Eli Lilly (NYSE:LLY) warned it may miss its 2014 revenue target due to foreign-exchange and emerging market headwinds, but the drug maker also unveiled a $5 billion share buyback program.
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Shares of the pharmaceutical company shed about 3% following the comments, which coincide with a meeting with analysts at its headquarters.
Despite two major patent expirations set for December, Eli Lilly backed its call for near-term goals of at least $20 billion in revenue, $3 billion in net income and $4 billion in operating cash flow through 2014.
However, Derica Rice, Eli Lilly’s chief financial officer, warned meeting the $20 billion revenue figure in 2014 will be “challenging” due to market factors, including the devaluation of the Japanese Yen and “slower” market growth in emerging markets.
Rice said the company is “focused on finding appropriate ways to achieve this goal” and can and will take “additional actions” through cost cutting.
"Current consensus for 2014 is in-line with our net income goal, although we may get there in a different way," Rice said, noting cost cutting and the deeper-than-expected impact of patent expirations on Cymbalta and Evista.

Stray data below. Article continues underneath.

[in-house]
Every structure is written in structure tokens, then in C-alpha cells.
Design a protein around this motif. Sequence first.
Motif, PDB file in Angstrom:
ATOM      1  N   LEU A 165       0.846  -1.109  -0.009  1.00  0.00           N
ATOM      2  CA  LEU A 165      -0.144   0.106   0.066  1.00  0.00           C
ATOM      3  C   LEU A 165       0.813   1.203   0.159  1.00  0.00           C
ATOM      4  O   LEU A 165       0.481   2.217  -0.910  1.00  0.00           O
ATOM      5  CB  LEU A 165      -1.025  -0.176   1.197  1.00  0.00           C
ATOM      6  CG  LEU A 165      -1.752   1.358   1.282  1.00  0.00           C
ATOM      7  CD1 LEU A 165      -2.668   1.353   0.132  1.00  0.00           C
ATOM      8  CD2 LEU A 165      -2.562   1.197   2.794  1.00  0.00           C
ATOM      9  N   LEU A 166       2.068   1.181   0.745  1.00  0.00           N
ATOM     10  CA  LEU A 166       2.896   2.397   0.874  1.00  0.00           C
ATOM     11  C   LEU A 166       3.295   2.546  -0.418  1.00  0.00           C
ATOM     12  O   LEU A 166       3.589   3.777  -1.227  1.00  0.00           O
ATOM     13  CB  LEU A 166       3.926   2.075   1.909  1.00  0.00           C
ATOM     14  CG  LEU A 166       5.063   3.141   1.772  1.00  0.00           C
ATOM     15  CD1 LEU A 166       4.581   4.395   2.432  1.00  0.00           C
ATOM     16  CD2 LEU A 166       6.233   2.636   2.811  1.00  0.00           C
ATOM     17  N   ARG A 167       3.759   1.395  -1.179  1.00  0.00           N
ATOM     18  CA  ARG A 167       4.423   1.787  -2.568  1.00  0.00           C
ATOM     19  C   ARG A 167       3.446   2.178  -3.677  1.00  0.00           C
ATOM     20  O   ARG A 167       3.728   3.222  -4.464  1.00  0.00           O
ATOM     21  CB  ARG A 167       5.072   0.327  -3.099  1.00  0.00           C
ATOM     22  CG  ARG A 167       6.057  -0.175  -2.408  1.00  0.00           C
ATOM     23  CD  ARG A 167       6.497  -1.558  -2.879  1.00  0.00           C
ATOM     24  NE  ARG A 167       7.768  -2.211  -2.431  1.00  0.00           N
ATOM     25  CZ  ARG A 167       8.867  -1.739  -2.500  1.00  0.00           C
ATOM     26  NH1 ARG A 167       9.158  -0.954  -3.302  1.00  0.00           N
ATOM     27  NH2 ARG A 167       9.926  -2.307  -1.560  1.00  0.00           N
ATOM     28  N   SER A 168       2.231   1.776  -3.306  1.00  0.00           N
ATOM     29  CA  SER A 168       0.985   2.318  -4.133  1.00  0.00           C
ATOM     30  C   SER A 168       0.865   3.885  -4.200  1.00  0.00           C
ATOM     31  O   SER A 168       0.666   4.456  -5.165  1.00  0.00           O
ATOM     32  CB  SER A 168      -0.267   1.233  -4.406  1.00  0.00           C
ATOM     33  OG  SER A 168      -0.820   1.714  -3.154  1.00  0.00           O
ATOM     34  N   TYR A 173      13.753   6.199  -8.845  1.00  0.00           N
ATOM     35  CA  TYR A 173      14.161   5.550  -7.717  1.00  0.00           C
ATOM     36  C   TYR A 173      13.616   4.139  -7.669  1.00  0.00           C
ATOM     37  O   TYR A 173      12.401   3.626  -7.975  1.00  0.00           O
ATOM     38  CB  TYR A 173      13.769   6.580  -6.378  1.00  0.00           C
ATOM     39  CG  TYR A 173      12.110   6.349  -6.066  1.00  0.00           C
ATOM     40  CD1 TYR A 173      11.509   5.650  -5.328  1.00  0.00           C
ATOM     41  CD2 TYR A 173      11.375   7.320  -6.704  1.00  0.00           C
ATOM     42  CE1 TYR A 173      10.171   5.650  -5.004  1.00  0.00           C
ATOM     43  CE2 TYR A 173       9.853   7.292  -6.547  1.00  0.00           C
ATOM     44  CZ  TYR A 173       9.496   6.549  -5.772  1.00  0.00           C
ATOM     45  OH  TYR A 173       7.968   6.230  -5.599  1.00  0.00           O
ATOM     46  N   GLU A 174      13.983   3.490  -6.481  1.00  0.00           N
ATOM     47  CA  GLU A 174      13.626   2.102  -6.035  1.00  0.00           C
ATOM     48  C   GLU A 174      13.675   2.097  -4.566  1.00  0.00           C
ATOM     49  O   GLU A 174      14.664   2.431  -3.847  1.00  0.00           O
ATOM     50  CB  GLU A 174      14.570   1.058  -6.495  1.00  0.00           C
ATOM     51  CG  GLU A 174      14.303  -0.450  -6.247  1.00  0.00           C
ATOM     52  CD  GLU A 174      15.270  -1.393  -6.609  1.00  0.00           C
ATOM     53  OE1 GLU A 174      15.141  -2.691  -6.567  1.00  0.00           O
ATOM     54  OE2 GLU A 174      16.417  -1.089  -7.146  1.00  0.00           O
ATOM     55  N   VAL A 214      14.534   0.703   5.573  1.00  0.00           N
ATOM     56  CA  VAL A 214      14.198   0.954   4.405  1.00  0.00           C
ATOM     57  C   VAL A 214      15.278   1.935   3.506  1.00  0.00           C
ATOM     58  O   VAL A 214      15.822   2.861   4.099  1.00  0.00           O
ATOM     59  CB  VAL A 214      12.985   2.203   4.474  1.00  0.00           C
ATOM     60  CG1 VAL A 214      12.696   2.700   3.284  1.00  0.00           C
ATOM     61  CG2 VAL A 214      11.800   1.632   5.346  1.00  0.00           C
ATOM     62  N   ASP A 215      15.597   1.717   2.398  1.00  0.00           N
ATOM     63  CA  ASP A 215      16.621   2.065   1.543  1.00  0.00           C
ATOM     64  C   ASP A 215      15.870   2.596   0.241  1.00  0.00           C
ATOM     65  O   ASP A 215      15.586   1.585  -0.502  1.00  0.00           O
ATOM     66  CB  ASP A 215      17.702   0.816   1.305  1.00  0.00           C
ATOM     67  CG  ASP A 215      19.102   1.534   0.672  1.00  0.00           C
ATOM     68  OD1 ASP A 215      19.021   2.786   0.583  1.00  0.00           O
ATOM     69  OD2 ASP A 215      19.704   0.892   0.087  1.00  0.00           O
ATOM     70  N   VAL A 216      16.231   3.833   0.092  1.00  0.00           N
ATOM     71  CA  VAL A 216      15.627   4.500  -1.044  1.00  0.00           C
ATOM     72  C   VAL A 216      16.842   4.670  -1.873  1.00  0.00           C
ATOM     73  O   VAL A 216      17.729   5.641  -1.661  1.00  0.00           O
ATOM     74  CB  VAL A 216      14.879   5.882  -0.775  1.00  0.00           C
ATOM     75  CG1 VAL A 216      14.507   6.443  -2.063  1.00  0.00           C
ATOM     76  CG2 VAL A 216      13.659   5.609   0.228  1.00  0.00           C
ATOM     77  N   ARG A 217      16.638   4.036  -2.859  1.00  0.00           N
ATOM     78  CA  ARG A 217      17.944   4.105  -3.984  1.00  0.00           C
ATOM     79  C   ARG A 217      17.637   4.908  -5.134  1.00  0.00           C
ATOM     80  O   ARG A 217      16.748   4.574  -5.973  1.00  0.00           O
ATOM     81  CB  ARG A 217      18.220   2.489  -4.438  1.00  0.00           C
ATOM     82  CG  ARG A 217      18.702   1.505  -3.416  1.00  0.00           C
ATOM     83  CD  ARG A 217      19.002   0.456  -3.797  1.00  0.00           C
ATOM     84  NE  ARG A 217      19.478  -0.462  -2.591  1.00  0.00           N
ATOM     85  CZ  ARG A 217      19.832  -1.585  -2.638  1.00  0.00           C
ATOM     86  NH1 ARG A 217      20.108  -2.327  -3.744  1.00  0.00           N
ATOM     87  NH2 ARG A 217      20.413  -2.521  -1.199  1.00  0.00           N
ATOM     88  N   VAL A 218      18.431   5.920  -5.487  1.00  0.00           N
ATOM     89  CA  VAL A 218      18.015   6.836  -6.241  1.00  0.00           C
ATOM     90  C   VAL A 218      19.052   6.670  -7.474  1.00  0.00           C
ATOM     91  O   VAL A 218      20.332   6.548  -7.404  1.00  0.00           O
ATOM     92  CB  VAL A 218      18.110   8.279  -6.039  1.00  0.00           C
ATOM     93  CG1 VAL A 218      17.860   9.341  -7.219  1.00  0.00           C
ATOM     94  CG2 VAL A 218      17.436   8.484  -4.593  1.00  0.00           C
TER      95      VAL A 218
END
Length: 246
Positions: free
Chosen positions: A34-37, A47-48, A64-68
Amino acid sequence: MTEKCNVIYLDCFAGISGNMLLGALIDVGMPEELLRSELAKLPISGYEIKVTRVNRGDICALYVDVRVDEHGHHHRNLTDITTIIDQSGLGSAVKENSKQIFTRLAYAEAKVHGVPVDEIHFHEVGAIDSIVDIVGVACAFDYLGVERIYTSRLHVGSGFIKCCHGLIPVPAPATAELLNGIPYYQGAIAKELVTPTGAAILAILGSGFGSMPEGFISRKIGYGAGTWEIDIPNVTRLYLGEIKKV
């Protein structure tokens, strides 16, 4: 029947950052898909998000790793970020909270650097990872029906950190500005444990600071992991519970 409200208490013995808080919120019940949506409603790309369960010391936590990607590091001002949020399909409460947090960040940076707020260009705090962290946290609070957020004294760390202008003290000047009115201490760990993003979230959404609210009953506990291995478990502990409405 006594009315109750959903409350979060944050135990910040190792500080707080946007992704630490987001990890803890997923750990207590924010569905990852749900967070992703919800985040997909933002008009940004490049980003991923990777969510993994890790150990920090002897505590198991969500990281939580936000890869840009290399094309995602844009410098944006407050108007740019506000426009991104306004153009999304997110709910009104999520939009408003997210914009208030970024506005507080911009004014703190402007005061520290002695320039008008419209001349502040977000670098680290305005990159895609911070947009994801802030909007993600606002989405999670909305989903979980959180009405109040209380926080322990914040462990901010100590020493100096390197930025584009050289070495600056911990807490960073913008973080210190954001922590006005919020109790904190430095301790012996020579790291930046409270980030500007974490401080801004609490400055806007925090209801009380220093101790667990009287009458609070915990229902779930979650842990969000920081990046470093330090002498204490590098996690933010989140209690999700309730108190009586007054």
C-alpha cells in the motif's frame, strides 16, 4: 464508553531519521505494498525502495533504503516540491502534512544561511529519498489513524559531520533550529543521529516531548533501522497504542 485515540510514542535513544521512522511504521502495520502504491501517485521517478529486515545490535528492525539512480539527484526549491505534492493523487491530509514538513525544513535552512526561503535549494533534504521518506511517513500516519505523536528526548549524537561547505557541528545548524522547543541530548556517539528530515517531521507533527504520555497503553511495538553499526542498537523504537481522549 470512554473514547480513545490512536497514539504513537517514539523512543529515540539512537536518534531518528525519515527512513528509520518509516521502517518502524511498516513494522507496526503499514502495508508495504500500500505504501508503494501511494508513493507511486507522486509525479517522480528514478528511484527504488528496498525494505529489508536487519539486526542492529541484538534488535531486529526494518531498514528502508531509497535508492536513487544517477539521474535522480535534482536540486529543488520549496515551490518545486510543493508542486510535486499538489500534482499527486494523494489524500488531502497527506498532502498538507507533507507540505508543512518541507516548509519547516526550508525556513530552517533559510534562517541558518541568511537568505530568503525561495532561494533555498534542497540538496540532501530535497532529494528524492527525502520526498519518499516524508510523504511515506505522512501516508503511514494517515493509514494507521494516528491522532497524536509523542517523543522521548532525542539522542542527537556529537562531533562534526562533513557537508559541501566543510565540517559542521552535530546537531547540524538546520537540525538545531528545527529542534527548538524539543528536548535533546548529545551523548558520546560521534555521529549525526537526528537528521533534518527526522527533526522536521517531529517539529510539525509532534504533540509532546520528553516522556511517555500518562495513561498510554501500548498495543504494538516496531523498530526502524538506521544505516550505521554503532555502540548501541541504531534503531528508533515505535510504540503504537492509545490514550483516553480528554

Eli Lilly also discussed progress on its pipeline of drugs, saying it could receive regulatory approval in 2014 to launch diabetes treatments empagliflozin and dulaglutide as well as breast cancer treatment ramucirumab.
"We've undertaken extensive efforts to transform our company to address the challenge of patent expirations and the demands of patients and payers for greater value from medicine," Eli Lilly CEO John Lechleiter said.
Eli Lilly also announced plans to maintain its dividend at the current level while buying back another $5 billion in stock.
Shares of the Indianapolis-based company fell 3.4% to $48.83 Thursday morning. Eli Lilly shares have gained just 2.47% this year, compared with 18.76% for the S&P 500 and 18.14% for rival Merck (NYSE:MRK).